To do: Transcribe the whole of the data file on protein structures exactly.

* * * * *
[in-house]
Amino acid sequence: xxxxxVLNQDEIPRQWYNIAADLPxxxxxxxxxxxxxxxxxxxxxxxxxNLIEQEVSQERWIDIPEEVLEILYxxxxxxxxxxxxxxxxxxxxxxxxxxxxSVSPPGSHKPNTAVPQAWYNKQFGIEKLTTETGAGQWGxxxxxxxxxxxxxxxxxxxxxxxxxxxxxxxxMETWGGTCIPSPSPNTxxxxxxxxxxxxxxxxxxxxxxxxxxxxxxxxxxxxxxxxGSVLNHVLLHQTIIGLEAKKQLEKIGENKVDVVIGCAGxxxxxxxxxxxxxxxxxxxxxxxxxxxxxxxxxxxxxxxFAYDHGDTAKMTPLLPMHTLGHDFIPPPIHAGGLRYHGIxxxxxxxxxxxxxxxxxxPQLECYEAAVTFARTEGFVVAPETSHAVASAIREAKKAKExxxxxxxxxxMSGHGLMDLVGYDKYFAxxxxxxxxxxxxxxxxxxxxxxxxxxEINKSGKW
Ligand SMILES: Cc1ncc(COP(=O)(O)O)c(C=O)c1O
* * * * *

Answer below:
[in-house]
Amino acid sequence: xxxxxVLNQDEIPRQWYNIAADLPxxxxxxxxxxxxxxxxxxxxxxxxxNLIEQEVSQERWIDIPEEVLEILYxxxxxxxxxxxxxxxxxxxxxxxxxxxxSVSPPGSHKPNTAVPQAWYNKQFGIEKLTTETGAGQWGxxxxxxxxxxxxxxxxxxxxxxxxxxxxxxxxMETWGGTCIPSPSPNTxxxxxxxxxxxxxxxxxxxxxxxxxxxxxxxxxxxxxxxxGSVLNHVLLHQTIIGLEAKKQLEKIGENKVDVVIGCAGxxxxxxxxxxxxxxxxxxxxxxxxxxxxxxxxxxxxxxxFAYDHGDTAKMTPLLPMHTLGHDFIPPPIHAGGLRYHGIxxxxxxxxxxxxxxxxxxPQLECYEAAVTFARTEGFVVAPETSHAVASAIREAKKAKExxxxxxxxxxMSGHGLMDLVGYDKYFAxxxxxxxxxxxxxxxxxxxxxxxxxxEINKSGKW
Ligand SMILES: Cc1ncc(COP(=O)(O)O)c(C=O)c1O